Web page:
“Dear father, I have just found out that the day before yesterday you turned 90! I send you my Best Wishes!”
These simple words on a hand-written note, penned and signed by Pope Francis, most certainly made the day for Fr. Dionysius Mintoff, as he went about celebrating an important birthday at the Pope John XXIII Peace Laboratory he founded on the island of Malta.
In the note, written on 3 April, Pope Francis goes on to thank Fr Mintoff for his priestly and religious life as a Franciscan and for his life-long ministry in the Church. In his typical modest style, he asks the elderly Franciscan to pray for him before wishing him a blessed Easter and signing off with a simple: “fraternally yours, Francesco.”
The Pope John XXIII Peace Laboratory
Fr. Dionysius Mintoff established the Pope John XIII Peace Laboratory in 1971, following an appeal made by Pope John XXIII, who called for the world to reflect on peace.
“As a Franciscan, and a Maltese who has personally seen the outcomes of war, I decided to open a space that advocates for peace education in Malta” he explained some years ago in an interview.
And it is no secret that Fr. Mintoff had been hoping to personally welcome the Pope and show him around, during the Apostolic Visit to Malta that had been scheduled for 31 May 2020 and was postponed due to the pandemic.
The Peace Lab runs an extensive adult education programme. It has its headquarters at Hal Far, a site that was originally part of the HalFar airfield which saw intensive air combats during World War 2.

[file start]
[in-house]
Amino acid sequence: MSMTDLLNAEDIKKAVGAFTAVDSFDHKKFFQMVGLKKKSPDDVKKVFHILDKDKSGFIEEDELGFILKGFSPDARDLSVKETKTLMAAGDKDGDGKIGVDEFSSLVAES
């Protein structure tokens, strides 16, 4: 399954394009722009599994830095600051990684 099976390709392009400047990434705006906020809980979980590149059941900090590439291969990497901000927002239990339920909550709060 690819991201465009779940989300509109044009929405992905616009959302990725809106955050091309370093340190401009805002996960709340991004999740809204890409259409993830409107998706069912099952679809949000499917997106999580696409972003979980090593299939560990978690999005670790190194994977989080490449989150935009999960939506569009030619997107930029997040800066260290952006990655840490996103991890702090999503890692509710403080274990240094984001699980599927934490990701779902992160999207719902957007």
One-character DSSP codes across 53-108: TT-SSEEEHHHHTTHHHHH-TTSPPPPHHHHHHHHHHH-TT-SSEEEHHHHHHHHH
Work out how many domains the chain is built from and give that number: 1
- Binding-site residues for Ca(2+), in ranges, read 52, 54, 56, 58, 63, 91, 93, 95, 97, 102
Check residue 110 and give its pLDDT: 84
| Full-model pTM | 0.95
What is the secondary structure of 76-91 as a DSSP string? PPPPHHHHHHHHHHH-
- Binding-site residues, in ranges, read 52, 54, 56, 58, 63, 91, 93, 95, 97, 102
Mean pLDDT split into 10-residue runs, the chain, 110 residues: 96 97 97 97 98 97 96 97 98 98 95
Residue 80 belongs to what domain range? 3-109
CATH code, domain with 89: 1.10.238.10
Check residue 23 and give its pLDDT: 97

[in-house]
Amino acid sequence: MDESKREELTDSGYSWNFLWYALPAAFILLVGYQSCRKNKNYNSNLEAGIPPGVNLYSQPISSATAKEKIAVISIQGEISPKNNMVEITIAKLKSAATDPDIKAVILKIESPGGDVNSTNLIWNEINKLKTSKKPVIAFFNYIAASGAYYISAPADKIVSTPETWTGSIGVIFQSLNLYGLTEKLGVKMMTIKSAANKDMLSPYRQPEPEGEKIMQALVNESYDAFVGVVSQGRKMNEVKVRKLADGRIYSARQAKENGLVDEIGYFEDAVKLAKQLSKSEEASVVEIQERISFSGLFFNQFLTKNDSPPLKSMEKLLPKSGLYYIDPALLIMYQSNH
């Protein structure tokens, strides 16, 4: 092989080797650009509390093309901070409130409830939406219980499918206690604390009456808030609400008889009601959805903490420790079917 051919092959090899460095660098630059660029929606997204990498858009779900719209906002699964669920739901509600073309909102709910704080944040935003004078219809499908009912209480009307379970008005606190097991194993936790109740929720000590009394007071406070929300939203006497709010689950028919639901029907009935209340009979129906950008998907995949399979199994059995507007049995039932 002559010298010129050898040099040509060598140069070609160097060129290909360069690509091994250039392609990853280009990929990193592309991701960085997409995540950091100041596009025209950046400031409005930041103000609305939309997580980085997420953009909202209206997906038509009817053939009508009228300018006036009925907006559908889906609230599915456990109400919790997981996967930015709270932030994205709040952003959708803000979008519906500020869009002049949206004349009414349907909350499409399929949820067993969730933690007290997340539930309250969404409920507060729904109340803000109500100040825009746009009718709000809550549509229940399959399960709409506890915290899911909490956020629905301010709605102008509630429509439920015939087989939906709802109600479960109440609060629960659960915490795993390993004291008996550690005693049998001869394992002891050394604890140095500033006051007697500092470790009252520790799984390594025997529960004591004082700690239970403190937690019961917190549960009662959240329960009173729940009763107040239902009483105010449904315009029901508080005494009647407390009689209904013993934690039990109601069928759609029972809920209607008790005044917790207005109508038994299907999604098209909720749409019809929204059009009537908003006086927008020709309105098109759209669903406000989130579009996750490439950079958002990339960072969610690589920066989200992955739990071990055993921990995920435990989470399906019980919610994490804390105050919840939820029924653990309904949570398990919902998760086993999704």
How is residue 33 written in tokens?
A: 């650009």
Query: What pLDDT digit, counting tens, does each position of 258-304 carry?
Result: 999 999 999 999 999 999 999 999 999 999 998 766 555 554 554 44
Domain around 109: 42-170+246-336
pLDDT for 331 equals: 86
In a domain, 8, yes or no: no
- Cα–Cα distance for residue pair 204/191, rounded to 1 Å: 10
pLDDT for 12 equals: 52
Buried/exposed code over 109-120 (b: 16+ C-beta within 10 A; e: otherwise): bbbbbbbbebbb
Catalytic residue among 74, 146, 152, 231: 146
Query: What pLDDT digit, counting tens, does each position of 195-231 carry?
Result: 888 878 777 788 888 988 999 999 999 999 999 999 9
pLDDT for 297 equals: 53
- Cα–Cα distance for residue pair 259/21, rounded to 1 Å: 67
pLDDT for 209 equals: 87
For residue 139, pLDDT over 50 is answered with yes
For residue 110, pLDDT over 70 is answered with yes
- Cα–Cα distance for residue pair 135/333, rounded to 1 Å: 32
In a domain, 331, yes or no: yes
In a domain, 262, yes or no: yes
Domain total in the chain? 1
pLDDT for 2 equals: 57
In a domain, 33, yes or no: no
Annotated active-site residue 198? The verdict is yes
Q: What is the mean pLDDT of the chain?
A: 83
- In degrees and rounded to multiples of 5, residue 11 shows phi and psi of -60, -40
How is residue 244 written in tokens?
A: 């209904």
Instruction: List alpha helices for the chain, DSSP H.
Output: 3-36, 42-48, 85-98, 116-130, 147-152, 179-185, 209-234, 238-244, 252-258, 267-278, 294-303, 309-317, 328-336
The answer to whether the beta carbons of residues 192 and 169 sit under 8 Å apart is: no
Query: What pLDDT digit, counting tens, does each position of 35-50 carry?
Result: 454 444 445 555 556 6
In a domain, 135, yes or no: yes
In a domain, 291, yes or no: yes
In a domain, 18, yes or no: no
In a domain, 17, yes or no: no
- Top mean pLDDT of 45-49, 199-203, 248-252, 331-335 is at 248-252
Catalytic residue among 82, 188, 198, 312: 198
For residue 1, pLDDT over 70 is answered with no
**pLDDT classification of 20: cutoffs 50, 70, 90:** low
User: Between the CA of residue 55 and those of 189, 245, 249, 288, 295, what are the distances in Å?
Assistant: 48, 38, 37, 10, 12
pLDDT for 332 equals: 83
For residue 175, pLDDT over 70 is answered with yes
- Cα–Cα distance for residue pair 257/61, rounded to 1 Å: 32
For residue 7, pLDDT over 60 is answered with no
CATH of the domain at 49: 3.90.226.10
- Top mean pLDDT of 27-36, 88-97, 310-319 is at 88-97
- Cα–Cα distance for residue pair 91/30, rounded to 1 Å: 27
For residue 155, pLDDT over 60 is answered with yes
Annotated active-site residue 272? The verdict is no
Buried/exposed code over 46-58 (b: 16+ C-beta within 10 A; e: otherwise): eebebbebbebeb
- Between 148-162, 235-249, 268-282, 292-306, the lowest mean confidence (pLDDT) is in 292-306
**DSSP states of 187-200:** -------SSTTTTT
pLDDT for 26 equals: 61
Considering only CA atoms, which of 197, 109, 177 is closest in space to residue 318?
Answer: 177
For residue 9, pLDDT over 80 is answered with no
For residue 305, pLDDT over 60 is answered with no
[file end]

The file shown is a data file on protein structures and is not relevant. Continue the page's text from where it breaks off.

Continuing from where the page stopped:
Its transformation from a site where war was waged to a Peace Centre carries strong symbolic meaning, and the fact that the Centre lives on thanks to the commitment of volunteers makes it a practical example of how a non-governmental, voluntary organization can do much in shaping consciences and promoting the common good.
Fr. Mintoff’s deep belief that Malta was in need of an open and unrestricted meeting place, where people of different backgrounds and faiths could come together to work for education, justice and human rights, continues to be at the basis of the work carried out at the Peace Lab.
Adapting to the times
The Lab has morphed with the needs of a changing world scenario, and today provides a place of welcome and integration for migrants who land on Malta during their journeys of hope towards wealthy European nations.
Since 2002, Peace Lab has been offering shelter to refugees and migrants. In the firm belief that we are all brothers and sisters, it includes a church, a mosque, and a prayer room for all religions, as well as a number of activities that flourish in an environment that is conducive to learning, inclusion and acceptance.
Source: Vatican News